PK and BD are bad
written by Dave, July 25, 2014 4:03
The popular duo of PK and BD are actually pretty bad people.

Their unwillingness to talk plainly about the trade deficit caused all of this. They allowed it all.

Bad people covering bad mistakes.

Trade deficit is not secular stagnation
written by Doug Rife, July 25, 2014 7:28
The US ran a trade deficit averaging about 2% of GDP long before secular stagnation became a topic, even back in the 1950s and 1960s, the golden age of US growth. Today it's only a little higher at 3% Secular stagnation refers to the slowdown in the growth of domestic demand starting in roughly the year 2000. How much of domestic spending goes overseas is not significant to the issue. It's domestic spending growth that's slowed as can be seen in the very long term chart of real final sales to domestic purchasers:


It's very clear that since 2000 domestic demand growth has slowed markedly, even over two business cycles (secular not cyclical) as compared to history. Trade cannot explain why domestic demand growth is waning. What can explain it is stagnant real median wages. Productivity gains today accrue only to the 1% where it is saved and not spent thus lowering demand growth.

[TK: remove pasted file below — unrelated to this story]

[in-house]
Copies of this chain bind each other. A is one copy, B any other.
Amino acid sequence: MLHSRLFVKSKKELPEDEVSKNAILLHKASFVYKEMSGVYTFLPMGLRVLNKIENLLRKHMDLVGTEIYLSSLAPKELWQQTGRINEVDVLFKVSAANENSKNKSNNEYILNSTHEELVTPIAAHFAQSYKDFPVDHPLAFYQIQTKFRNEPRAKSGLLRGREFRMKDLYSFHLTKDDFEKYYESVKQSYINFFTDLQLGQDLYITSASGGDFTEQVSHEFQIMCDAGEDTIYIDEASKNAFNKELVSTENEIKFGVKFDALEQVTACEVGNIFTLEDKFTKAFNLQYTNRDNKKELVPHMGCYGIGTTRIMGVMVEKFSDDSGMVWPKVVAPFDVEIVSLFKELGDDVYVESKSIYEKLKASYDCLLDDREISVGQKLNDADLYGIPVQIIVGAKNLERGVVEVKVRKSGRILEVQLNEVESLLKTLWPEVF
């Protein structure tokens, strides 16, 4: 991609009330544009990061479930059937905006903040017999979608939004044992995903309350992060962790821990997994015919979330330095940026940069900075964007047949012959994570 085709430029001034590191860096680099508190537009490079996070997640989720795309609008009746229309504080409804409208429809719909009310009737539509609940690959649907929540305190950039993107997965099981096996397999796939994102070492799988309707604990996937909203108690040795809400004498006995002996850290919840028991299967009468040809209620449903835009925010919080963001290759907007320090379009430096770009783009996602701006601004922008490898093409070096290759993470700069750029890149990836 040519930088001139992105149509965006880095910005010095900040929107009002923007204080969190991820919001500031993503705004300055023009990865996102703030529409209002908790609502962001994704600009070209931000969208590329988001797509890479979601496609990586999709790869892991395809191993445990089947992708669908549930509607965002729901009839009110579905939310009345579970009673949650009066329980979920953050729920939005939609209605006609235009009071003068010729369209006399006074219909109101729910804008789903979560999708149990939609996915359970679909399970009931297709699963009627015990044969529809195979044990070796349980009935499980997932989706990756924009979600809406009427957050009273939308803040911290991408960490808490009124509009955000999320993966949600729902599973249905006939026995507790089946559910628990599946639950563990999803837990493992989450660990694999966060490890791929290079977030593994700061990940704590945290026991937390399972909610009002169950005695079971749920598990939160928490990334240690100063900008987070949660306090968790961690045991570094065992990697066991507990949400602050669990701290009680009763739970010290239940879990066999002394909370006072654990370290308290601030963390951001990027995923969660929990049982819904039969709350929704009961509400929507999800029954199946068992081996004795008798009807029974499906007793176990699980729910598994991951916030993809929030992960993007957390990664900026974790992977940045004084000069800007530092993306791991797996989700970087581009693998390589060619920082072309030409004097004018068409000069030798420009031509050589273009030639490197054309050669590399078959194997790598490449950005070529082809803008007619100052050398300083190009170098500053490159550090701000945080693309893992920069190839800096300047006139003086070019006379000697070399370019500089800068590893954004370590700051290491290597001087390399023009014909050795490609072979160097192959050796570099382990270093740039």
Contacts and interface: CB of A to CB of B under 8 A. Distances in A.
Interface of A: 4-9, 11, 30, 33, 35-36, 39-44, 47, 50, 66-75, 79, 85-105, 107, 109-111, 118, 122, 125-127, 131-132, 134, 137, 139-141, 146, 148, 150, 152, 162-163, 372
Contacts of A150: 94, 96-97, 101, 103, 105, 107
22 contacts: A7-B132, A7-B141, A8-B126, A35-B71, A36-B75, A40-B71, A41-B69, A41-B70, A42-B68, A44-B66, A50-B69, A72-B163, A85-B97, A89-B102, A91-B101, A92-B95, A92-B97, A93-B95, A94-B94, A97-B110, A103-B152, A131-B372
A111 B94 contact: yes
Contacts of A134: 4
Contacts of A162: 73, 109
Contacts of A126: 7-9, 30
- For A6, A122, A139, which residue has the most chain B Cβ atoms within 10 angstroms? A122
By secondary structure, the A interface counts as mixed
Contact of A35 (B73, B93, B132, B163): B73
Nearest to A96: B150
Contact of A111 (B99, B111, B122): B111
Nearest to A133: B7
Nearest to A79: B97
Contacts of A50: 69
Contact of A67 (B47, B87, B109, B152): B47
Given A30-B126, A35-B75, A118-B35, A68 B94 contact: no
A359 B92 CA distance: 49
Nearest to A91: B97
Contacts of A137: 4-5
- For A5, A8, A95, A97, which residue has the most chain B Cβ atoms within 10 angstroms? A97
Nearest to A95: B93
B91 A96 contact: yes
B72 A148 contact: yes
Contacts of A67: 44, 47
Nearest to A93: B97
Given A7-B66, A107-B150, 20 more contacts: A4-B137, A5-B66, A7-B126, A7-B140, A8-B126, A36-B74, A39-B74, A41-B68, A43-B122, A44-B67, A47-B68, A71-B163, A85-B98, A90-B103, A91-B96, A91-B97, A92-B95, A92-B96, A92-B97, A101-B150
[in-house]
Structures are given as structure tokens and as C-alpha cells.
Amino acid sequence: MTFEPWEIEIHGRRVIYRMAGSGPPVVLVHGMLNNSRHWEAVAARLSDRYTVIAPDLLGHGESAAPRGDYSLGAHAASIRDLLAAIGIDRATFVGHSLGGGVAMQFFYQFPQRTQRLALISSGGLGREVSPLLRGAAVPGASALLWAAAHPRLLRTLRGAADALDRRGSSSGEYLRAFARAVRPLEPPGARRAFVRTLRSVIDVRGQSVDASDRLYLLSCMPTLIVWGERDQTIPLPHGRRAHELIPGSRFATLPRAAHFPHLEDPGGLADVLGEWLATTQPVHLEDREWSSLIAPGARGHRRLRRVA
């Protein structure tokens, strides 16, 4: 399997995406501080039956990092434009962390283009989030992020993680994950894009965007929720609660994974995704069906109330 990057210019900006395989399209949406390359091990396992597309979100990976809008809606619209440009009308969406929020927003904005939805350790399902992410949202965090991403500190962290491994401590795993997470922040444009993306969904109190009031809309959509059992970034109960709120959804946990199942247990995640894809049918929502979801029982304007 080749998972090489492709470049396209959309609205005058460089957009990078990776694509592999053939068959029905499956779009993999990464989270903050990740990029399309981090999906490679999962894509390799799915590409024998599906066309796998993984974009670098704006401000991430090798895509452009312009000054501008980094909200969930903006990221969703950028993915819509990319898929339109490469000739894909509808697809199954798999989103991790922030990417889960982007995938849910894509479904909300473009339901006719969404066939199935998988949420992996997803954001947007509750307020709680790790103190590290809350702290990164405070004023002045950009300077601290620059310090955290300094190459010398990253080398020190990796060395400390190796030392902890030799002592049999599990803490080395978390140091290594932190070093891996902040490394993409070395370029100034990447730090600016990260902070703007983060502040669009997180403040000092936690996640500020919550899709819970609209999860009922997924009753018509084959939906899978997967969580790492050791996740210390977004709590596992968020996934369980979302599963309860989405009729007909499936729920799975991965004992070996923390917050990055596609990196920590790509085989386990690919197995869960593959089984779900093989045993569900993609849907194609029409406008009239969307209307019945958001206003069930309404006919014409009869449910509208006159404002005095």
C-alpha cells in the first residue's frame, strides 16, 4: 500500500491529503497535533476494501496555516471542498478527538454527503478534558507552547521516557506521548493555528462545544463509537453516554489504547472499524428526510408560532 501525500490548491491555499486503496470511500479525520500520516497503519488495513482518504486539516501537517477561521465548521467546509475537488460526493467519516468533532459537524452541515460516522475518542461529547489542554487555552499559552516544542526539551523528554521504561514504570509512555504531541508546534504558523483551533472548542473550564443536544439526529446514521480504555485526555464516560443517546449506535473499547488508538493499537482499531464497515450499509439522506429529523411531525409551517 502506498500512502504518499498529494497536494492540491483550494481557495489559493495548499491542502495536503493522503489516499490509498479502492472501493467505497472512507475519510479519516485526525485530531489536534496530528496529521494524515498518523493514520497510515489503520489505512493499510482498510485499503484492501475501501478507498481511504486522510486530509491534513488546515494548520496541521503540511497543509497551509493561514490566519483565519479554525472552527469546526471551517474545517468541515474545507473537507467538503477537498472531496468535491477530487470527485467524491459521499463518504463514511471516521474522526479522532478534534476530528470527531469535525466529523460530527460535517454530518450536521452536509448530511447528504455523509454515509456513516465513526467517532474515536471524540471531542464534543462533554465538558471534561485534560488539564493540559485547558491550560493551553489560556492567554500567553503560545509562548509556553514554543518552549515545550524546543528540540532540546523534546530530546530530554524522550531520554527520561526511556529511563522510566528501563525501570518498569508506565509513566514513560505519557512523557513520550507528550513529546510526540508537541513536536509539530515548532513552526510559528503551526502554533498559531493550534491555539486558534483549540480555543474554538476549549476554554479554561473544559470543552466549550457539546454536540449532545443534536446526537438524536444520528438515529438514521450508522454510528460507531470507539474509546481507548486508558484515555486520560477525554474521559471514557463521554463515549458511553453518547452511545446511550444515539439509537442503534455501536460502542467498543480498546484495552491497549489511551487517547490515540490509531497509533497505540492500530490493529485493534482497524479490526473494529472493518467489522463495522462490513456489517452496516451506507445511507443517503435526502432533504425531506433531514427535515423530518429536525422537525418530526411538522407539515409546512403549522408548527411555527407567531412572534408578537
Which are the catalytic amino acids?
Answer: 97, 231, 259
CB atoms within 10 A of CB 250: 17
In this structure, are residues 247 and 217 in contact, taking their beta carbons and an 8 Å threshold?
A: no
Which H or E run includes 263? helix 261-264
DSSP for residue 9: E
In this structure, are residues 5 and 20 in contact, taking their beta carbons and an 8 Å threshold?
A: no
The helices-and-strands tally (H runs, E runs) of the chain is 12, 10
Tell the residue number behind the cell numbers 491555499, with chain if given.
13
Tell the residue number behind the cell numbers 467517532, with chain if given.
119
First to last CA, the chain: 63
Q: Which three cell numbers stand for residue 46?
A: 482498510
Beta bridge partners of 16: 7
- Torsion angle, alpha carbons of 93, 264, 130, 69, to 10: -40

Long term chart of trade deficit
written by Doug Rife, July 25, 2014 8:04

The chart is the delta between domestic demand and sales of domestic product divided by real GDP. It shows trade subtracted 2% for decades in which US growth was very strong. Note that in the middle of the 1980s when real growth was much higher than today the trade subtracted 3% of GDP just as today.

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About Beat the Press

Dean Baker is co-director of the Center for Economic and Policy Research in Washington, D.C. He is the author of several books, his latest being The End of Loser Liberalism: Making Markets Progressive. Read more about Dean.